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The OGA added: “The industry is demonstrating a growing culture of continuous improvement, allied to knowledge-sharing and learning from experience which is helping it to reduce costs despite the fragmented nature of the market.”

But the pat on the back came with a significant caveat from the regulator, which cautioned: “Despite the overall positive performance, reductions have begun to slow, and if it continues at the same pace as the past two years, the target will be missed.”

It was notable that the primary threats identified by the OGA included “operator commercial misalignment or lack of collaboration” and “oil sector cost inflation”.

“Because collaboration and knowledge-sharing is key, companies must forget rivalries and work together in this area,” said Stuart Payne, OGA Director of Supply Chain, Decommissioning and HR.

Industry leaders have been saying since the last downturn that an increase in collaboration will be vital if the North Sea is to survive the challenges it faces. In addition to the strains caused by oil and gas price turbulence these now include the threat to firms’ social licences to operate that has been highlighted by the OGA amid concern about the industry’s impact on the environment.

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But there have been other signs that firms are not getting the message about the need to modify competitive behaviours that became engrained in an age when shareholder ‘value’ was all that seemed to matter.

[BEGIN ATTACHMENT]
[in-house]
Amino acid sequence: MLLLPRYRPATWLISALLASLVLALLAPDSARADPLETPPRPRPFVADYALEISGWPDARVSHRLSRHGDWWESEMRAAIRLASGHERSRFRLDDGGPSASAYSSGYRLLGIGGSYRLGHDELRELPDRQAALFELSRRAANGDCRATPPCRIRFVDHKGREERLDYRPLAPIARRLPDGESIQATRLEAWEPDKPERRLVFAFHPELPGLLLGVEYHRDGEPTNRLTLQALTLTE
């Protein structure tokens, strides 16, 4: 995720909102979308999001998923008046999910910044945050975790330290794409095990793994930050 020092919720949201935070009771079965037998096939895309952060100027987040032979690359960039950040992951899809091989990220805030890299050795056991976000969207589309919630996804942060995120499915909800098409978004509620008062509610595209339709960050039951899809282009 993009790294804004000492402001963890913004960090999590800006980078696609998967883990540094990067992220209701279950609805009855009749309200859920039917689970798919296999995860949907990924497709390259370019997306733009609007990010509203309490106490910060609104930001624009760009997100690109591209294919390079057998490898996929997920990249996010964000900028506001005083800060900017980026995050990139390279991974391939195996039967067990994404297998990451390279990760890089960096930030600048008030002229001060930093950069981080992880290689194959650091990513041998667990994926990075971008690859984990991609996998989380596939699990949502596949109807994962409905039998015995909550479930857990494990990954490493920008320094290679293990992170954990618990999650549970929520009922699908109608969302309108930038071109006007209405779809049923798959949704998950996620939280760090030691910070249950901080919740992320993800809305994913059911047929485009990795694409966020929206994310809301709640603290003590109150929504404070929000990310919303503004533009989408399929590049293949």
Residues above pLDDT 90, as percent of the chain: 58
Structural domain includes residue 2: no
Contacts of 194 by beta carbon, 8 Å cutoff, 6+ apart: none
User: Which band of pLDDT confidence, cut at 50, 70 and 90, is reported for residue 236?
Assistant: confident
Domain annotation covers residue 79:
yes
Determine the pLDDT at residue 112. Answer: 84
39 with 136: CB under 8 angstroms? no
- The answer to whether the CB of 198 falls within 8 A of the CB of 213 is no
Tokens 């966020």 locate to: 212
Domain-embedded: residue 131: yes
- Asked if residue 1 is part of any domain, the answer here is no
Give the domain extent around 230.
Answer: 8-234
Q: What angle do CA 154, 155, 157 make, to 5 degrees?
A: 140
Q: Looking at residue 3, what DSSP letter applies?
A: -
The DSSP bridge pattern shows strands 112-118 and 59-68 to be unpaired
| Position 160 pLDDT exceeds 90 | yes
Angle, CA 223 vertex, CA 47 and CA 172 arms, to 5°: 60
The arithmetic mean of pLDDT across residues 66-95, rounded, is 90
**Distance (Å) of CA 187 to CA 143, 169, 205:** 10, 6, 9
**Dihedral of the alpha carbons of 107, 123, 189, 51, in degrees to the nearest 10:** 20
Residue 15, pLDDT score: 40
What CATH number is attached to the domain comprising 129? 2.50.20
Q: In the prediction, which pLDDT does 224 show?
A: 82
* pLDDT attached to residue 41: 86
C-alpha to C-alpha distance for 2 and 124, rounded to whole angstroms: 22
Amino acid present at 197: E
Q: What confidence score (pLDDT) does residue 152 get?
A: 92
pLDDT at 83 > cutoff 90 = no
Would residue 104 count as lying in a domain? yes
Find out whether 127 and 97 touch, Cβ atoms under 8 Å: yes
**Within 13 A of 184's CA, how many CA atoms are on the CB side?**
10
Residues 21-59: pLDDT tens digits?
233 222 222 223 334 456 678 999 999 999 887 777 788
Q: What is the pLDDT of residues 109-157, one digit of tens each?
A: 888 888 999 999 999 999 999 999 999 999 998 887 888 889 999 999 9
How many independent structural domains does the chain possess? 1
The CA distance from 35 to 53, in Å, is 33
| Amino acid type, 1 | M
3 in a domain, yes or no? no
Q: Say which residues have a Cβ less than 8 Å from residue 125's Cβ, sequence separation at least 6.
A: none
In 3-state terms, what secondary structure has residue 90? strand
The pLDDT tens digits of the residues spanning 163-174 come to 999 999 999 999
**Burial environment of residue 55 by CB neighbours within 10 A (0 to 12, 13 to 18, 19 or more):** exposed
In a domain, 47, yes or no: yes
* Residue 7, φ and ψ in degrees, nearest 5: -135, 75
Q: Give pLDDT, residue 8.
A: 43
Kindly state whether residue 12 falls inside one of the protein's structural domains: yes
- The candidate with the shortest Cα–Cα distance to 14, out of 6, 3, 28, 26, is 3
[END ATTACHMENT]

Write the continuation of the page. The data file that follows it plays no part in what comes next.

In January a report by Deloitte and industry body OGUK found that collaboration appeared to have increased but only slightly in the North Sea last year, during which the oil price plunged.

The report found the pandemic and consequent economic downturn also led to “disadvantageous commercial behaviours” such as cancelled or modified contracts.

The Collaboration Index increased to 7.1 last year, from 7 in the preceding year. Ten is the top score.

That miniscule increase only took the index back to where it stood in 2018.

In 2019 the index fell by 0.1. The fall was the first recorded since the index was introduced in 2015, amid the slump caused by the oil price plunge from 2014.

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The authors of the 2019 report appeared concerned the partial recovery in the crude price since late 2016 could encourage firms to ease up on the reform effort.

We may be in similar territory now. The price of Brent crude plunged to an 18-year-low of less than $20 per barrel in April last year but has rallied to around $75/bbl on expectations that coronavirus vaccines will fuel a strong recovery. Brent crude and natural gas are both selling for more than they fetched in January last year.

The price increases could make firms less worried about the need to collaborate and lead to inflationary pressures in the supply chain.

Against that backdrop there must be worries that an approach to decommissioning cost reduction that relies on oil and gas firms making voluntary moves is doomed to fail.